Eugene McGee: Scenes like these are real cancer in the GAA
Published 24/01/2012 | 09:52
The start of the new year and already we have headlines after yet another brawl at a GAA game. Over the years lots of things have changed in the GAA world, usually for the better, but the one constant blot on the good name of the sport is the regular recurrence of outbreaks of violence.
Normally at this time of year, before the season has got properly into action, we don't get incidents like this, so it is a particularly bad omen for the GAA authorities to read about what happened in O'Moore Park (right) in the All- Ireland club JFC semi-final between Tyrone's Derrytresk and Dromid Pearses from South Kerry, which the former won by six points.
I was not at the game so I cannot really discuss the details, but the common routine in these disgraceful incidents was followed: a few players get over-heated as the first half is ending; as the teams head for the tunnel a brawl breaks out, and is aggravated when spectators come charging onto the field and wade in.
I have witnessed many of these melees over the years and I can tell you they can be very frightening, particularly as there are often many children attending.
Half-time usually cools things down, but hostilities are sure to renew near the end of the game, and this is what happened yesterday, with Kerry star Declan O'Sullivan assaulted by at least one spectator.
It is a matter for the authorities to decide, with the assistance of video evidence, who the culprits were.
But again, if we follow the usual GAA ritual on these pathetic incidents, those culprits will get light sentences and, with the usual excuse being 'lack of evidence', more than likely they will have even those penalties watered down by the usual conniving that goes on behind the scenes in GAA politics.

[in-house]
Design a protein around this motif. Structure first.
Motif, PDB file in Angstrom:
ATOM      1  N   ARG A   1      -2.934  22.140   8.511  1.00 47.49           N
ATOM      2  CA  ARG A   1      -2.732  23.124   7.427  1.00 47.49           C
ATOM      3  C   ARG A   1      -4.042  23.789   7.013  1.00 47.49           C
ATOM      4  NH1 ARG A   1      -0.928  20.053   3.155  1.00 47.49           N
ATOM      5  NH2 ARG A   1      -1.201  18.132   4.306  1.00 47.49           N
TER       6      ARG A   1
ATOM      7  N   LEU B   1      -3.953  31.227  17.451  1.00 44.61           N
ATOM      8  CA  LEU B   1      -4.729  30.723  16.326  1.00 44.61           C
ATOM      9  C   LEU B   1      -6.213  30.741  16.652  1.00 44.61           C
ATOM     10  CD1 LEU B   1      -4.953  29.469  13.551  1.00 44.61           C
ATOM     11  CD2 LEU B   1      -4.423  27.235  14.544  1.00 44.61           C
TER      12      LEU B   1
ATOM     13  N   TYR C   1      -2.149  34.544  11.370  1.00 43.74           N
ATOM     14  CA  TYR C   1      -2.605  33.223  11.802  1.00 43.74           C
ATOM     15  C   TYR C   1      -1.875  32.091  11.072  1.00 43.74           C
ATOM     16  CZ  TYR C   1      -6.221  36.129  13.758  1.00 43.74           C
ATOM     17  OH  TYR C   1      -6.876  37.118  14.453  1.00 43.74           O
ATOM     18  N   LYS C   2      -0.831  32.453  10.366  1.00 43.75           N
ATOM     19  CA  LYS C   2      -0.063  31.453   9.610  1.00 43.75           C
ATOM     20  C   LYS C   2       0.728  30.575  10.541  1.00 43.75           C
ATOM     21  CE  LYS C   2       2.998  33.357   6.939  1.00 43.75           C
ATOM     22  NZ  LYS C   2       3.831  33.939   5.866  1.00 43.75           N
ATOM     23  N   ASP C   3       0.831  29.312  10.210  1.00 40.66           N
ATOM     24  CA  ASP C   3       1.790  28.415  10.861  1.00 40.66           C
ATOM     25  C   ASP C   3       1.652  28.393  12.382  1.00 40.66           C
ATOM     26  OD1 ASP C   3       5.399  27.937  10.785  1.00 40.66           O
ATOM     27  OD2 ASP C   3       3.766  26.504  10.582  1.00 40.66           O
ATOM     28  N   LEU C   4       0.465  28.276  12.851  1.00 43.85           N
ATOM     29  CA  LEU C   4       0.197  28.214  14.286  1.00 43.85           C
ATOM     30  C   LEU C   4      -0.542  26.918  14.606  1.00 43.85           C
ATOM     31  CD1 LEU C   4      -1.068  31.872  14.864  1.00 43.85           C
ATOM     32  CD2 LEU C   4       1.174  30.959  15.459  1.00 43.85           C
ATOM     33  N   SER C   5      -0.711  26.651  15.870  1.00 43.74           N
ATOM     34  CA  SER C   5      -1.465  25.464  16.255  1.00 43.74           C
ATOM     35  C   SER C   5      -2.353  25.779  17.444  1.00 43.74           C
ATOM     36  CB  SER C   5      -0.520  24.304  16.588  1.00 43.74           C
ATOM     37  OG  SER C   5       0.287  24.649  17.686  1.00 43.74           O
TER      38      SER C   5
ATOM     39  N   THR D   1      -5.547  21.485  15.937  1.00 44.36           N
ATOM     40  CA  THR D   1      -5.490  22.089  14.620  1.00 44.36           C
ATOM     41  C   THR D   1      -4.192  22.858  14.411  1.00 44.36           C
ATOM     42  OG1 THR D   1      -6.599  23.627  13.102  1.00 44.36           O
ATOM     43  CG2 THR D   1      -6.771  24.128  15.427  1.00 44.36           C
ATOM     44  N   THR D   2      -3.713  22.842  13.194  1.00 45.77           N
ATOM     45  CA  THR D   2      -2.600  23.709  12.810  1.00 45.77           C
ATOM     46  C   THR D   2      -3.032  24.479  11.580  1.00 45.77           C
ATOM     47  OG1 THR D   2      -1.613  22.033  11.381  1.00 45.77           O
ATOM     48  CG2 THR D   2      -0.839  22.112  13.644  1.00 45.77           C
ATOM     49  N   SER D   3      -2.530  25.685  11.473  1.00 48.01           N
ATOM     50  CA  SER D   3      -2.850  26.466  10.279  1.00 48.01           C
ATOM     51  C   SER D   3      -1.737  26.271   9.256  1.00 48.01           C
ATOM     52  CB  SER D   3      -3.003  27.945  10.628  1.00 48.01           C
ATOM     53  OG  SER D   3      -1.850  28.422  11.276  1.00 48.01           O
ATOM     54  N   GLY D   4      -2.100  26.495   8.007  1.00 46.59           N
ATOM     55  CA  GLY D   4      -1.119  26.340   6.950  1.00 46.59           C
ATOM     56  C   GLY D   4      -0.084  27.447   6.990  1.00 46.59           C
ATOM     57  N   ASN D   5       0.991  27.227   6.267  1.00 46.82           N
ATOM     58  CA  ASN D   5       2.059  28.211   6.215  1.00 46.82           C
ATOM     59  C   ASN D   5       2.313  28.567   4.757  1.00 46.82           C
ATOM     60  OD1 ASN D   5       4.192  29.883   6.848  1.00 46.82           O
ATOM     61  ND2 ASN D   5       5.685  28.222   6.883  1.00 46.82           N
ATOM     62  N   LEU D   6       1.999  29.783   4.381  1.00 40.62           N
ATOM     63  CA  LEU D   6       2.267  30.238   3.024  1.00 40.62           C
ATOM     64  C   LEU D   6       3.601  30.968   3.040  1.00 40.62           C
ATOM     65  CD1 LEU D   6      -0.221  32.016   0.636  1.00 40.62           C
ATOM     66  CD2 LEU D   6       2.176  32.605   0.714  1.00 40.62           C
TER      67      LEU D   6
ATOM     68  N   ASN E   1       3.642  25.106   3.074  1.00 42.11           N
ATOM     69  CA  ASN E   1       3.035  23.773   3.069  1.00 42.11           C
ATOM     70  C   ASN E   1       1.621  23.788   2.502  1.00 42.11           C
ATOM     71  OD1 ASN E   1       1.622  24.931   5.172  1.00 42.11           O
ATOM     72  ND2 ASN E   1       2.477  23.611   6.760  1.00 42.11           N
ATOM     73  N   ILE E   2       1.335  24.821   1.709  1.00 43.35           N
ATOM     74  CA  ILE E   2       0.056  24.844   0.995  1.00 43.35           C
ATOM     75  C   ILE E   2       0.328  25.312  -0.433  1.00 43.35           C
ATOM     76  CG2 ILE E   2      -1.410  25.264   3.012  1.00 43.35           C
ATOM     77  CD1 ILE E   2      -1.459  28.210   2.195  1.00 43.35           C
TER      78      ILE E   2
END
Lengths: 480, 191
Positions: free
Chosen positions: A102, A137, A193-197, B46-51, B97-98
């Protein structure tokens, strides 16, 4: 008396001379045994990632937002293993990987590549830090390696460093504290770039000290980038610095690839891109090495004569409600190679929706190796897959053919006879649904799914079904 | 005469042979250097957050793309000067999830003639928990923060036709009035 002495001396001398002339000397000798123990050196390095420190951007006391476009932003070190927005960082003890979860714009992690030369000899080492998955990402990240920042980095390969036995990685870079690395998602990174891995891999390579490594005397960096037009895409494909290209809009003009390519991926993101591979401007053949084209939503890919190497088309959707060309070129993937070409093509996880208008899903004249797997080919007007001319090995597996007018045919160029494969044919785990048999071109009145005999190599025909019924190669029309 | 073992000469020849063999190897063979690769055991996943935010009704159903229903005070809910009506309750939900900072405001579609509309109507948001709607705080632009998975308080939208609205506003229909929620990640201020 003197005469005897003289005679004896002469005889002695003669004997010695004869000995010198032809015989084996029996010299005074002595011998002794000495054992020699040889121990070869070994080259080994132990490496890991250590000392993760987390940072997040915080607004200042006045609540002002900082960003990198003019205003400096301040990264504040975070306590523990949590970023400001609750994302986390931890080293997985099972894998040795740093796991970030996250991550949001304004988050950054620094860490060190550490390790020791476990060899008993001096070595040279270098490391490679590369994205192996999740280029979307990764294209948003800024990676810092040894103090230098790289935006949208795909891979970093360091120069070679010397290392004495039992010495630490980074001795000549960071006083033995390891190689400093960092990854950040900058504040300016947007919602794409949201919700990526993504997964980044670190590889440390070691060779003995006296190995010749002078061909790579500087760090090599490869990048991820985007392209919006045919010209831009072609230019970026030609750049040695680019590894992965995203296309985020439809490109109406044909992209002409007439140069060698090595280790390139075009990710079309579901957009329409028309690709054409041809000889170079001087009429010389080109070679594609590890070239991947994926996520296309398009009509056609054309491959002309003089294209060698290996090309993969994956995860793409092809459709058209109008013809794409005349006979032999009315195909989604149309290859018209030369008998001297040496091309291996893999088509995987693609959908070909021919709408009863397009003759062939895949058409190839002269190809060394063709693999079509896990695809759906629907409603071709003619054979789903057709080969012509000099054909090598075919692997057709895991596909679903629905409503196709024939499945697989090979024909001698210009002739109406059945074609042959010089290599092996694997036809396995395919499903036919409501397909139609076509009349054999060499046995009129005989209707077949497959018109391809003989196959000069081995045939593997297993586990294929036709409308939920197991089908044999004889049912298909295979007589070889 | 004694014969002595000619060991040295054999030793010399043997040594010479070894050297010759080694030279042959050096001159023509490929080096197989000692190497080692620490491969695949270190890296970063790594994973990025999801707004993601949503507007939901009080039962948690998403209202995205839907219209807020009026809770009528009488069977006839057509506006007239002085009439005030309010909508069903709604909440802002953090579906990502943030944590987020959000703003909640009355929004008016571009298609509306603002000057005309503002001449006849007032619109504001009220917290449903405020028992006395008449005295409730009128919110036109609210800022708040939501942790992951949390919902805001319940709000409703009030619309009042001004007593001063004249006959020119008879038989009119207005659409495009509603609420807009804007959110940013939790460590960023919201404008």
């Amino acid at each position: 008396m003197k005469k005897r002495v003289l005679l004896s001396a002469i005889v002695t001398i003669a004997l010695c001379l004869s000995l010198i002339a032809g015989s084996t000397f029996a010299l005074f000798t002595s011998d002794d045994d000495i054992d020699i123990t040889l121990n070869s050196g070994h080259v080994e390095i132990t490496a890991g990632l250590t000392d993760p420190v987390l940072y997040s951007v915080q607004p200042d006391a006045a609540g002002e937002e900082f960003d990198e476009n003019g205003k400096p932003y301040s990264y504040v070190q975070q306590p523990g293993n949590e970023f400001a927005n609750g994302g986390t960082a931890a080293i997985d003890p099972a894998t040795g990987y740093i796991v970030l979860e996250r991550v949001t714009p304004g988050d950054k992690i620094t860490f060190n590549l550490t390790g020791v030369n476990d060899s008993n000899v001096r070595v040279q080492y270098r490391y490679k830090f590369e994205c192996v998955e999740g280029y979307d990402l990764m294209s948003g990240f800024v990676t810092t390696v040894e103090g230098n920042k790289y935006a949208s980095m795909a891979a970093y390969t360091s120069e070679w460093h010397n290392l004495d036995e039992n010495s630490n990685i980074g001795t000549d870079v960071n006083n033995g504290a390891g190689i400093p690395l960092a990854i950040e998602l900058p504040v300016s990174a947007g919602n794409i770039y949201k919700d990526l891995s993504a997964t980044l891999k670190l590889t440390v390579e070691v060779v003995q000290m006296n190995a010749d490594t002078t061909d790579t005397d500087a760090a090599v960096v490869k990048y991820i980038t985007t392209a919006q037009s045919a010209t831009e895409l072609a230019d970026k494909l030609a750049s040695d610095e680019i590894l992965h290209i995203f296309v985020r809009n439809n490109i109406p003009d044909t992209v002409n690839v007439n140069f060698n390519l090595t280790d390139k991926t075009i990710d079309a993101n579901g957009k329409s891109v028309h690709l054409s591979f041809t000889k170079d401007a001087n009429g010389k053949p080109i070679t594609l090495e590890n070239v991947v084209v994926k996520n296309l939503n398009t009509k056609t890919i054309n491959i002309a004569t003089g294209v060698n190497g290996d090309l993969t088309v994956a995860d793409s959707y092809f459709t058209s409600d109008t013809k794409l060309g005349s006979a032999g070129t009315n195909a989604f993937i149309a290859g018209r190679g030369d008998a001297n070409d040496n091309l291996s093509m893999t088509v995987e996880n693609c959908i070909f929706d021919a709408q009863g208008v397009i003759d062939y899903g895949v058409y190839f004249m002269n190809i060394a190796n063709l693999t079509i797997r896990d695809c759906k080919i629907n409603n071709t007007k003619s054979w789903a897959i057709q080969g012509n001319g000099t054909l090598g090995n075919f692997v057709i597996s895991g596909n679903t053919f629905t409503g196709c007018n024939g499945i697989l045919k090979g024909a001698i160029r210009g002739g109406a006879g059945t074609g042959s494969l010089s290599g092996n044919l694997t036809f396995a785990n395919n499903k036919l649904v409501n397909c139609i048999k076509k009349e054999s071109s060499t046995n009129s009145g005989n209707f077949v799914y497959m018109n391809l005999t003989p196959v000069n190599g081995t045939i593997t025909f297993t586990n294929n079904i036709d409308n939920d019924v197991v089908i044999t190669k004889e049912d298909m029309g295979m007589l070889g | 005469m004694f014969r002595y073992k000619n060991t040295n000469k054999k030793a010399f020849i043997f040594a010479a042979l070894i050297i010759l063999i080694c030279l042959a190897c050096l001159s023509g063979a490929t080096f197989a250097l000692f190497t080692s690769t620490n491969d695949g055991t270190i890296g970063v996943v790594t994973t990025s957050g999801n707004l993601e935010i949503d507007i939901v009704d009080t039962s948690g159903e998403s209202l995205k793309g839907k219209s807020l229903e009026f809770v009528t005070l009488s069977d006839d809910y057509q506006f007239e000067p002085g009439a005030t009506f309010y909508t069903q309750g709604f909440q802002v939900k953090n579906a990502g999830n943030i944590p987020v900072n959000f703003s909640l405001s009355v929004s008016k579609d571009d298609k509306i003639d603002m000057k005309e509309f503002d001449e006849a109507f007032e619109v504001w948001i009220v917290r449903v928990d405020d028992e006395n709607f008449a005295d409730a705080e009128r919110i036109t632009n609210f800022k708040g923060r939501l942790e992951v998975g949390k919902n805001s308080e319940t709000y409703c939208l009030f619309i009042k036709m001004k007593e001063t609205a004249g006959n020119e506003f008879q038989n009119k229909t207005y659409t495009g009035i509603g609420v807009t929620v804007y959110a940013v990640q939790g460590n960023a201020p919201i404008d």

A Mickey Mouse fine and a couple of suspensions are the normal emd result -- and that is exactly why disgraceful and dangerous outbreaks of violence still take place. They are still tolerated in the GAA to a ridiculous extent.
There should be no surprise, therefore, that Sunday's abomination occurred. Nor will there be any surprise when regular outbursts like this take place during 2012.
I am sure there were several neutral people of decency and honesty, including GAA officials, who saw what took place.
All of them have a duty to give evidence fearlessly, but will they? We will wait to see what course of action they take when the matter is dealt with.
GAA president Christy Cooney got a lot of publicity in recent months for describing the payment of managers as "a cancer in the Association" -- but managers do not beat up players or spectators.
With due respect, the real cancer in the GAA for the past 100 years has been the failure of such a great and powerful organisation to prevent or deal with the type of scandalous behaviour that was witnessed on Sunday.
Other sports appear capable of preventing these savage incidents, but not the GAA, it seems.
The sad thing is that the Junior and Intermediate All-Ireland series have been a wonderful success, and the thrill for a Junior player of playing a final under lights at Croke Park is the sporting achievement of a lifetime.
What a pity that a great idea has been debased in this instance by the lunatic fringe that still survives in the GAA.